“During times of universal deceit, telling the truth becomes a revolutionary act.” George Orwell

Tuesday, November 02, 2004

NACSW Conference

I just returned from a week in Washington D.C. at the North American Association of Christians in Social Work conference. This was my second year in attendance, and it is a wonderful group. Highly motivated professionals serving a wide variety of disenfranchised individuals, all from a Christian perspective. Those struggling with integrating their faith into their state based professional practice, those working in faith based organizations meeting with academics and students.

For me, the highlights of the conference were presentations by David Beckman, president of Bread for the World (bread.org), Tony Compolo (tonycampolo.org) and Jim Wallis of Sojourners and Call to Renewal (calltorenewal.com). In each of these presentations, I noted the lack of mention of persons with disability in their calls to address issues of poverty. I spoke up in one of the sessions, and the speaker graciously replied that had overlooked that population, and not just in his presentation. I replied that the Church has overlooked that population.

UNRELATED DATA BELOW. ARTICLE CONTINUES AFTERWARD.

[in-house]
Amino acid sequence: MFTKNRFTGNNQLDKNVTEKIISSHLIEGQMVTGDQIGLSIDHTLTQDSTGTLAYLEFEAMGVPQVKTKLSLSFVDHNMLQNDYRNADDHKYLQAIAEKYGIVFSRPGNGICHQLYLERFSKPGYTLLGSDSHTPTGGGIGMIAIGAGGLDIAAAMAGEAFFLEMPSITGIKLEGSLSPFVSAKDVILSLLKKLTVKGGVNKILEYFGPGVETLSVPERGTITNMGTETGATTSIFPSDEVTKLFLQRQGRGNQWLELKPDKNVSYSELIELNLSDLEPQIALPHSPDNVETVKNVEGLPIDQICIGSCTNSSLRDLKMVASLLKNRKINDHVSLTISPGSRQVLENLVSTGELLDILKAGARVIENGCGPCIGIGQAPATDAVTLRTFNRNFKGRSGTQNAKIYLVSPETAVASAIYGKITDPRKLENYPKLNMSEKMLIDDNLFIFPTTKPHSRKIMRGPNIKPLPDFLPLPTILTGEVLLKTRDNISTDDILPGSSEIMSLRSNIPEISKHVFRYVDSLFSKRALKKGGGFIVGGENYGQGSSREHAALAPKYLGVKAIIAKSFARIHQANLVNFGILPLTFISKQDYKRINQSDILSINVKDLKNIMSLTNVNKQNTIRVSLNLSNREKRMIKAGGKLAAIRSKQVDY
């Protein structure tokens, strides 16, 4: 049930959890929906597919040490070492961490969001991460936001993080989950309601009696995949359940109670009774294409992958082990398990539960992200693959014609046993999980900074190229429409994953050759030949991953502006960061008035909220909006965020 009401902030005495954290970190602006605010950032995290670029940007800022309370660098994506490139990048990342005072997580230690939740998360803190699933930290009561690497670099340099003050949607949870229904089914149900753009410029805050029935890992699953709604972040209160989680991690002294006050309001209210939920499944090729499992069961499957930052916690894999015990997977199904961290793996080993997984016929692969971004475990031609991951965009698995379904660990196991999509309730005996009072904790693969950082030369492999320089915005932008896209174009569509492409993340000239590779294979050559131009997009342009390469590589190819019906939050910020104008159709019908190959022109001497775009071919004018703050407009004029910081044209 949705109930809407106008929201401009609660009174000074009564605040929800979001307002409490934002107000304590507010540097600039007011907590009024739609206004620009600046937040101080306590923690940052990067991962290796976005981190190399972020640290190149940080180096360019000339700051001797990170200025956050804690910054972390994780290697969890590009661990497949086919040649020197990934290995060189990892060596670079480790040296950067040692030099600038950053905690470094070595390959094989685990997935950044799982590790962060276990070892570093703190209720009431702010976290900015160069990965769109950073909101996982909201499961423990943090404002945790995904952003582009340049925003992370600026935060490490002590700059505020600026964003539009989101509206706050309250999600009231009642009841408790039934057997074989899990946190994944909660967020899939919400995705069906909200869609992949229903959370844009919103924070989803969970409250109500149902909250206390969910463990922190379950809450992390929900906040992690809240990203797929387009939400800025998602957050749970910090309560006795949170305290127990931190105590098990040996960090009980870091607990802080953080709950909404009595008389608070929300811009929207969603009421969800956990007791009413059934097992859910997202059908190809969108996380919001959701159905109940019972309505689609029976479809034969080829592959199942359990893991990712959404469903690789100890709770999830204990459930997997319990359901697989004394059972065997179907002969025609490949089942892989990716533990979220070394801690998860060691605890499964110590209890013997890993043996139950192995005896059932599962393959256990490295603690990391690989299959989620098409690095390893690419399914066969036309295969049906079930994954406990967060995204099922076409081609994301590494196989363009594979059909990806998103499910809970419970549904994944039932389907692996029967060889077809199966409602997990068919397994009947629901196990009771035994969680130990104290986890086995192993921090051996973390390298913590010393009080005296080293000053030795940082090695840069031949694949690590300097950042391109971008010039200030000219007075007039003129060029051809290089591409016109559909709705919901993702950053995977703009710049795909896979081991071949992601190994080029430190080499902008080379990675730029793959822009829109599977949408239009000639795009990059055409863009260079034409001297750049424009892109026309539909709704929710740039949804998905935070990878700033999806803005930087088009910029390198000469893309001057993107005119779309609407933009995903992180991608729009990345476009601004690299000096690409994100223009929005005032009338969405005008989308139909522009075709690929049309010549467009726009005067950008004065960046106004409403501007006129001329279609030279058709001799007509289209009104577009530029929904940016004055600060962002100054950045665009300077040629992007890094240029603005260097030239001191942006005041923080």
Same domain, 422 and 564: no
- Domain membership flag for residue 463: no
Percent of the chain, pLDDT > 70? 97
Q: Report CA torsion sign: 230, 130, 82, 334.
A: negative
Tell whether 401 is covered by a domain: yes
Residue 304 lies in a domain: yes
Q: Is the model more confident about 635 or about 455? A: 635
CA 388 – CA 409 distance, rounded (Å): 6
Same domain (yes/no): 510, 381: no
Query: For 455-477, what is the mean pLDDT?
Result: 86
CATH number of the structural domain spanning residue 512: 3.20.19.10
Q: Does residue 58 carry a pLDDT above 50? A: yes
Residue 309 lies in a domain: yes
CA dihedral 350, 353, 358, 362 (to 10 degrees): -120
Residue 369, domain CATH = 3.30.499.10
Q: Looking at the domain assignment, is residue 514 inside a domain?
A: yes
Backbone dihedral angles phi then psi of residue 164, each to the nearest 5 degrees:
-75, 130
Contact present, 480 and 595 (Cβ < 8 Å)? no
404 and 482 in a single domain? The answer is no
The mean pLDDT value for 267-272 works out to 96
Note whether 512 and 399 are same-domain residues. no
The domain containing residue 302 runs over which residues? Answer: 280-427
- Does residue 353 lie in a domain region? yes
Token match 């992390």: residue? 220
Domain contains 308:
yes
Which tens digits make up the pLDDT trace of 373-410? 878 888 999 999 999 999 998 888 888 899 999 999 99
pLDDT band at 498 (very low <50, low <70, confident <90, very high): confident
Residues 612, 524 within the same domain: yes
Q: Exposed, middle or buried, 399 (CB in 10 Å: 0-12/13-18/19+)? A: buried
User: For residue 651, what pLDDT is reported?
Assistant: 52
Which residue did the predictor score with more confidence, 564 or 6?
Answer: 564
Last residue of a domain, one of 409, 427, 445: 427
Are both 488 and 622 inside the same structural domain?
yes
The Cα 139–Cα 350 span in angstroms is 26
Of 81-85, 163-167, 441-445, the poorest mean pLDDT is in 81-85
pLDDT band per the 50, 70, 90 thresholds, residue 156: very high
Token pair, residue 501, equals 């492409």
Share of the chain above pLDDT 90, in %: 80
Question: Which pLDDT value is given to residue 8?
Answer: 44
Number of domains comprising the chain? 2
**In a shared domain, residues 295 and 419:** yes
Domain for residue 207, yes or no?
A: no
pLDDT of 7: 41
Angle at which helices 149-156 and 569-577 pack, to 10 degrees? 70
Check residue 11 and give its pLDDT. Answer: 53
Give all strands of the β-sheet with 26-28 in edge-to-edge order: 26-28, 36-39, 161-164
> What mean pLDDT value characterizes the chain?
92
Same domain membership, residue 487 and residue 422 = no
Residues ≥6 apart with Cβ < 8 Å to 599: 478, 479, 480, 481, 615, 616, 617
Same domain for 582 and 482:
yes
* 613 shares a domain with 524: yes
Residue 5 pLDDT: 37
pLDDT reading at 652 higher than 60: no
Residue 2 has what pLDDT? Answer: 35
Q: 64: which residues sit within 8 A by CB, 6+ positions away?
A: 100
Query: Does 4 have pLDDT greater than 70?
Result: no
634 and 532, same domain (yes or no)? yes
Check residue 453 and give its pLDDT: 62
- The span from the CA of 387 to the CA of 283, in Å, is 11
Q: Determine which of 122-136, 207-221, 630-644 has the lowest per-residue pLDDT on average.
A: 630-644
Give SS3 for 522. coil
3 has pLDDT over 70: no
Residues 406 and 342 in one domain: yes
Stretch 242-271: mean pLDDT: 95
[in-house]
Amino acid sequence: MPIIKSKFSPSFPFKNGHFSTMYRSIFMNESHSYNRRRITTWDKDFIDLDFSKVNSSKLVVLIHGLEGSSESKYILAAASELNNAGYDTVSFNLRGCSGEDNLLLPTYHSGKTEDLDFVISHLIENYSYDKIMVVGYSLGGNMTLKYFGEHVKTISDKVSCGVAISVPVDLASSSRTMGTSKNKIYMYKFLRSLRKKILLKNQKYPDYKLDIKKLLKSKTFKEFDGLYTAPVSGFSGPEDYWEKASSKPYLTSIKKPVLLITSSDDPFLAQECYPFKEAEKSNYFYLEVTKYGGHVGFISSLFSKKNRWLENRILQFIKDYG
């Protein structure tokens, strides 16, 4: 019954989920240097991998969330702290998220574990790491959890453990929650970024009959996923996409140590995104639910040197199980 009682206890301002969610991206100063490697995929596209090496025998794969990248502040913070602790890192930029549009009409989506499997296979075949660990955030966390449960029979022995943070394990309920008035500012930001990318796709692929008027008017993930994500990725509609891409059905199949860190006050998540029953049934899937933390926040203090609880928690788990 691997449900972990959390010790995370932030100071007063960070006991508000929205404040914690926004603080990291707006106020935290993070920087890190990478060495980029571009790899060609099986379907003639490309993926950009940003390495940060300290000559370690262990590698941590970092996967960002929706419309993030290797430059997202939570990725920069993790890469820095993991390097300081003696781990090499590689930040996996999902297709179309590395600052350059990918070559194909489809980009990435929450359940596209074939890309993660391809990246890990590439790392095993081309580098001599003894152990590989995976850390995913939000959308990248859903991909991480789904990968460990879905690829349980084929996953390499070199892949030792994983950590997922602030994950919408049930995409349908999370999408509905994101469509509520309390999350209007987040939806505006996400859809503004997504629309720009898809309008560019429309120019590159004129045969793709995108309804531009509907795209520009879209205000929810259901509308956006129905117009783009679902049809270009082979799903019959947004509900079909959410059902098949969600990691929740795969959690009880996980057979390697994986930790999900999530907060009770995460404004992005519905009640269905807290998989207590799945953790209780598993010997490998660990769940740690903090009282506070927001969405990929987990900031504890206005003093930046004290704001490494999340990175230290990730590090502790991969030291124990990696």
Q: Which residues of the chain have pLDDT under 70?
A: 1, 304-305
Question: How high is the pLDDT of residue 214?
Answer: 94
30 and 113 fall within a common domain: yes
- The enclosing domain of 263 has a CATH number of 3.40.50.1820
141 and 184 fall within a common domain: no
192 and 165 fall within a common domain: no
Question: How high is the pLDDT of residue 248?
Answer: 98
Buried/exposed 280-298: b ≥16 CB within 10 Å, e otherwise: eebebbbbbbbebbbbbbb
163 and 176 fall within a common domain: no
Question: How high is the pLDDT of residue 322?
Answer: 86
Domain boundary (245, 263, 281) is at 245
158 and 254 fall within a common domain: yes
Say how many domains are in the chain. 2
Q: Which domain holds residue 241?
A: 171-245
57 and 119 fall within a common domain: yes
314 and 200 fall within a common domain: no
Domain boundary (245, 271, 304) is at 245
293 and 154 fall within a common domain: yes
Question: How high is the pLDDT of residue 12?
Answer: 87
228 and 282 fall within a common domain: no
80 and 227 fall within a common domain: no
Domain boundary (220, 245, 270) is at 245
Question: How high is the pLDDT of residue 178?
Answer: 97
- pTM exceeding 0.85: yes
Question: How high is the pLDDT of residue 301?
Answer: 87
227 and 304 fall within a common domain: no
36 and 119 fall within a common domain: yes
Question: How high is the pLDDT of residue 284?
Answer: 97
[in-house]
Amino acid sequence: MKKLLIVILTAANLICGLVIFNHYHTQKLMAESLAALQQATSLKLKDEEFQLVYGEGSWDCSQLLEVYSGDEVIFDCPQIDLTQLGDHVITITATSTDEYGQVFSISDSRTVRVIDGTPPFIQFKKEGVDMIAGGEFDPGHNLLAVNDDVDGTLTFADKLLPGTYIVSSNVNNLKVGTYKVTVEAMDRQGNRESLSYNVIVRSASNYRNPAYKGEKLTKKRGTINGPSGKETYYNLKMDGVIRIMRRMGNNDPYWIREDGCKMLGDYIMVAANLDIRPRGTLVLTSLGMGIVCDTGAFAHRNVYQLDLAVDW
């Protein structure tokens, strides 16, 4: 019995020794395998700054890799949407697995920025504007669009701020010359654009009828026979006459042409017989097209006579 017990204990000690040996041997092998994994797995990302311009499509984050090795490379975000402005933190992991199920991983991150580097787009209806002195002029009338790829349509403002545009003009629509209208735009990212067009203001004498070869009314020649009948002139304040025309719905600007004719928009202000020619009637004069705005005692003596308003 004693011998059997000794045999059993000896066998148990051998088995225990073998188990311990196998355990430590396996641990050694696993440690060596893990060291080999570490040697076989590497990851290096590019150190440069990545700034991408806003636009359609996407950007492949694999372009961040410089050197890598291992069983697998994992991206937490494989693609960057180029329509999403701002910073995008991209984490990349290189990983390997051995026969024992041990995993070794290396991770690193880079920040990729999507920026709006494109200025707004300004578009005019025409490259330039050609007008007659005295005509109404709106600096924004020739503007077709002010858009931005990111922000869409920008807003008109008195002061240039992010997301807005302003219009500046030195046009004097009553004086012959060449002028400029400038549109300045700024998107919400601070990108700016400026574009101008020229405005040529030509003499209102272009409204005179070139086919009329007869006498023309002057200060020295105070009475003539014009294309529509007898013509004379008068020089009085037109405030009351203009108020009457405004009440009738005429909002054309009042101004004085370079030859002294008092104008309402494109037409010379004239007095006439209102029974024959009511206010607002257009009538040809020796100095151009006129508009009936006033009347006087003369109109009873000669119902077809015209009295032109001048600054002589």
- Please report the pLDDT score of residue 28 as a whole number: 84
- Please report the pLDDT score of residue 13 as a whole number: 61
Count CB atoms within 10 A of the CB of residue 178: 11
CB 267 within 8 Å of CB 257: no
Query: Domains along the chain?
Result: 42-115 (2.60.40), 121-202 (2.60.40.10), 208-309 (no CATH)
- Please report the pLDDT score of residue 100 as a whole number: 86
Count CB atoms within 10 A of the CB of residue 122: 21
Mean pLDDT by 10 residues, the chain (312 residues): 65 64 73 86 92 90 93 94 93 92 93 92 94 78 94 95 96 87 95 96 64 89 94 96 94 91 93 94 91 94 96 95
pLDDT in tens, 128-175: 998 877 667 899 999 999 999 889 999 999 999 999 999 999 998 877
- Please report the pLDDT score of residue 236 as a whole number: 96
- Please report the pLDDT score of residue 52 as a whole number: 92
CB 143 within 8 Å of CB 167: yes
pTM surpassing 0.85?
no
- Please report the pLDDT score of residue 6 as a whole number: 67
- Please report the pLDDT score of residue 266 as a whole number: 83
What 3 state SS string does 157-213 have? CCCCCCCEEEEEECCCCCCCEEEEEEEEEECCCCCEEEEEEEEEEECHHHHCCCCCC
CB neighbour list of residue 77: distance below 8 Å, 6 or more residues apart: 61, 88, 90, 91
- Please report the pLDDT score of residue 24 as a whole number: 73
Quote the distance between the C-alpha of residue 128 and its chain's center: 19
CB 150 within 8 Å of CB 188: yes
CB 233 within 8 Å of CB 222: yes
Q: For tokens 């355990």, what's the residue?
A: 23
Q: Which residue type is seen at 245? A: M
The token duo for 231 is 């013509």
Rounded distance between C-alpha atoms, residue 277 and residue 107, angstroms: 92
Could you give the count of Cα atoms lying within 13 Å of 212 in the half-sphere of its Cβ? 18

It was then fun for the rest of the conference having people come to me saying, "You were the guy who raised the disability question!" Of course it was fun to have made such a contribution, but the fact that others resonated with my comment was very encouraging. One of the above speakers also indicated close personal experience with disability and how he felt that the church had done a good job in his regard. I replied that I was glad, but inwardly thought, "C'mon, of course your family member will have a positive experience, because of who you are." That is not to diminish what might have been a great church program, but sometimes persons in leadership think their experience is everyone's experience. I remember a university administrator indicating that he had always had a good and quick service from the campus' duplicating center when asked about them. Those of us in the audience replied, "Of course you did." He quickly got the connection that his experience was probably not the same as the rest of us as students, staff, etc.

But I am hopeful, and I am encouraged after attending the conference.

A small group attended my session on network assessment (which included a good dose of propaganda about church and disability) and seemed in agreement with the importance of the church as a network for adults with disability. A few figures from my presentation
  • 3-4% of persons with cognitive disability have a "neighbor" without disability
  • < or =" 3">
  • 10% have nobody
  • those in networks are largly paid staff and family
  • from Robertson et al. (2004)

Apparently few people with disability have a neighbor. But then, you might respond, "Who is my neighbor?"

Well . . .


No comments: